India: GE Healthcare, the healthcare technology division of GE, has launched the company’s first healthcare accelerator, five.eight, aimed at improving healthcare outcomes for developing economies. The accelerator will target global health startups who have atleast received a Series A funding.The startup needs to be aligned with GE’s focus areas of mother and child care, cardiology, oncology, radiology, surgery and primary care.
Portfolio companies from four social impact investors -Acumen, Aavishkaar-Intellecap Group, Unitus Seed Fund and Villgro -will be among the initial applicants for the first accelerator programme.Through the programme, GE Healthcare and each startup will focus on commercially scaling healthcare innovations for emerging economies, with the potential for GE Healthcare distribution of the startup product, or integration of the service into GE Healthcare’s affordable care portfolio. In addition, potential funding of up to $5 million per startup will be evaluated on a case-by-case basis.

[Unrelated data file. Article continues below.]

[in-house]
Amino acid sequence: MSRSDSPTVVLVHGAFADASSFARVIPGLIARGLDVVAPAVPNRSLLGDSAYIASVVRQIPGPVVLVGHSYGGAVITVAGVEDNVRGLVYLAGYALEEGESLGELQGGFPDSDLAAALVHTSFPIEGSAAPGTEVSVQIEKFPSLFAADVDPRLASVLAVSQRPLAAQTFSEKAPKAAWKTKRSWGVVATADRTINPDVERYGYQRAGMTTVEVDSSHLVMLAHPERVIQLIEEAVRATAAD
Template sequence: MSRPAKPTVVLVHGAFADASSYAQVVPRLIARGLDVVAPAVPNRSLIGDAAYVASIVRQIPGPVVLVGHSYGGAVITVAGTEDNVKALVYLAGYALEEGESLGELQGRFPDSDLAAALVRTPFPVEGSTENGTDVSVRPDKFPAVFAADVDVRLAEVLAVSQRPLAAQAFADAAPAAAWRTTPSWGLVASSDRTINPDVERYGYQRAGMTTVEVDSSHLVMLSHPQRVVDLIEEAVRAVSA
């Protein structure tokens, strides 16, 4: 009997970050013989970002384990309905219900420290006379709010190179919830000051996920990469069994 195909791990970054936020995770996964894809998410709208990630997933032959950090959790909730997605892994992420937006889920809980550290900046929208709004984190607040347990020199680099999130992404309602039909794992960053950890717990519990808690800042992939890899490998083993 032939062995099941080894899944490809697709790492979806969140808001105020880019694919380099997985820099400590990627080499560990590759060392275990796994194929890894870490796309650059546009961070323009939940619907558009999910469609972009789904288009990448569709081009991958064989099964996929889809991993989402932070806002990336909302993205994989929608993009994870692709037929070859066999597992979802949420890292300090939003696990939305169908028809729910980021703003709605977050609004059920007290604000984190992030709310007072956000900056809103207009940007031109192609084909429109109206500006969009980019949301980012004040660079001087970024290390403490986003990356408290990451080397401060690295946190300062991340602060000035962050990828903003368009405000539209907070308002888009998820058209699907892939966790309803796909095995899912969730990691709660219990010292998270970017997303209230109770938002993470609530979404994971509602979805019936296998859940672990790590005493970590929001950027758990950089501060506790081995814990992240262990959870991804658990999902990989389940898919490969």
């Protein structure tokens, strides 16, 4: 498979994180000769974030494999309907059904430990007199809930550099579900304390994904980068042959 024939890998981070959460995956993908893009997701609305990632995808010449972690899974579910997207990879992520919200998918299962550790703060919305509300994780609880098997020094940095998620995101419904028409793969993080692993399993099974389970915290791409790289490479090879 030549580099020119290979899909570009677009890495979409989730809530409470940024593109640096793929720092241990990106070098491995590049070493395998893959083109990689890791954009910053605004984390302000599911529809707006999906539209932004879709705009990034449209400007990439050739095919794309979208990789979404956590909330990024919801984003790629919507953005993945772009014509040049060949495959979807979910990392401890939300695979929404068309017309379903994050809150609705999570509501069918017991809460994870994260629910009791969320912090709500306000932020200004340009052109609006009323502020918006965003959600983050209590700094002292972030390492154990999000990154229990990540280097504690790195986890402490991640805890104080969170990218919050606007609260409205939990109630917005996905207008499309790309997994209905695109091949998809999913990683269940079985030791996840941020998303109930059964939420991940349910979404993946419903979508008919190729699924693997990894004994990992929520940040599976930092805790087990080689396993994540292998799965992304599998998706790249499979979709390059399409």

“Globally, it’s estimated that more than 5.8 billion people in the world lack access to quality, affordable healthcare,” said John Flannery, president and CEO of GE Healthcare. “Through five.eight, our goal is to fuel the greater global health ecosystem, partnering with social impact investors and global health startups, in order to maximise impact and outcomes for populations.”
Five.eight aims to welcome at least 10 startups in its initial programme, with applicants sourced from the four social impact investors, but not limited to these portfolio companies.
“We would come in to partner with them (startups) to develop commercial strategy…just like we would do with our own products,” said Terri Bresenham, president and CEO of GE Healthcare’s Sustainable Healthcare Solutions, which develops the company’s affordable care portfolio. “We have a large distribution system and these startups can go out and test ideas.”
The first company signed on to join five.eight is Tricog, a Bengaluru-based startup focused on improving survival rates of heart attacks by decreasing the average time between symptoms and treatment.